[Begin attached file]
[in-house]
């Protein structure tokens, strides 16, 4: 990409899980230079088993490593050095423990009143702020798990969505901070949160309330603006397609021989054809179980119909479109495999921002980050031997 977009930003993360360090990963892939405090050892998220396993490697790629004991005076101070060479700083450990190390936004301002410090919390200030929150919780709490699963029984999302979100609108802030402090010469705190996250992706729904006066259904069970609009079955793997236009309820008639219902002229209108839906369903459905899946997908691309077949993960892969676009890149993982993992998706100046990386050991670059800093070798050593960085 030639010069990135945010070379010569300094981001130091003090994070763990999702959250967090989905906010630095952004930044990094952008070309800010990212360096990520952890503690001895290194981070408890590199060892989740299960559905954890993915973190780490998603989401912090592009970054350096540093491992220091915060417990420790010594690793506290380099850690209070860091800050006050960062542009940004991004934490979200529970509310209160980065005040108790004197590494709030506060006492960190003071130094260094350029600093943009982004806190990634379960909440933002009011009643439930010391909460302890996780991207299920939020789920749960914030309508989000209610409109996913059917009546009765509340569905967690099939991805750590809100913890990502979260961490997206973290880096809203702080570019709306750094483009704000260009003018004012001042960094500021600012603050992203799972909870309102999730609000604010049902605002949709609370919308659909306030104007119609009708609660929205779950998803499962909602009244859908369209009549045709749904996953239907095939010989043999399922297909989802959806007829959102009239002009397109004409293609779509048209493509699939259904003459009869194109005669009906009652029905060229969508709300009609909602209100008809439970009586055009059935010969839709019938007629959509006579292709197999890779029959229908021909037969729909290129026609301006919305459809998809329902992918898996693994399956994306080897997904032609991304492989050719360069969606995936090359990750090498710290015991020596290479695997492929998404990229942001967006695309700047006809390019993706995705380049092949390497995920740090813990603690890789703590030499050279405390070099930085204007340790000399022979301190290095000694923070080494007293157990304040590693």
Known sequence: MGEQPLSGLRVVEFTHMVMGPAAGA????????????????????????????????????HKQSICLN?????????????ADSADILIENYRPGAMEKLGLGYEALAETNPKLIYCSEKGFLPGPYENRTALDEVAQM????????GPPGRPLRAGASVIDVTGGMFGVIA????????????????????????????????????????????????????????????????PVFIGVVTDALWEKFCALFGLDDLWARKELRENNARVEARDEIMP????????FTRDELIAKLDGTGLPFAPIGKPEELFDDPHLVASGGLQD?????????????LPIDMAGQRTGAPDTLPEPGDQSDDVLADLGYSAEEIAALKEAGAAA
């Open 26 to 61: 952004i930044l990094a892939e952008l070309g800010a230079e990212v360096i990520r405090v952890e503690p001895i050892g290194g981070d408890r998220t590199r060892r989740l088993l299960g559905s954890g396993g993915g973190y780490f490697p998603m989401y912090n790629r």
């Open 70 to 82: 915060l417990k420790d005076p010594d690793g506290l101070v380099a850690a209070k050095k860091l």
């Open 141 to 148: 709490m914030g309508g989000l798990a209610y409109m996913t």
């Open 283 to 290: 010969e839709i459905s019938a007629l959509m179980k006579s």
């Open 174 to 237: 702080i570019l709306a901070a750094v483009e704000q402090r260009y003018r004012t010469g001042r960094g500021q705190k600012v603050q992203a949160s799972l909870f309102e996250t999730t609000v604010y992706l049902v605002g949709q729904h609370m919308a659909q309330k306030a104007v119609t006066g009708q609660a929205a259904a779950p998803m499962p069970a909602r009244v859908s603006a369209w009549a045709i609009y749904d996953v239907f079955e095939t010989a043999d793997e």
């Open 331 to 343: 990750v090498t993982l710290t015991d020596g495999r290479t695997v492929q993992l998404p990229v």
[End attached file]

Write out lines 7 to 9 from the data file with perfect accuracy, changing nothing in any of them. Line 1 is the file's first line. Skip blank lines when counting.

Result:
């Open 283 to 290: 010969e839709i459905s019938a007629l959509m179980k006579s």
């Open 174 to 237: 702080i570019l709306a901070a750094v483009e704000q402090r260009y003018r004012t010469g001042r960094g500021q705190k600012v603050q992203a949160s799972l909870f309102e996250t999730t609000v604010y992706l049902v605002g949709q729904h609370m919308a659909q309330k306030a104007v119609t006066g009708q609660a929205a259904a779950p998803m499962p069970a909602r009244v859908s603006a369209w009549a045709i609009y749904d996953v239907f079955e095939t010989a043999d793997e």
């Open 331 to 343: 990750v090498t993982l710290t015991d020596g495999r290479t695997v492929q993992l998404p990229v």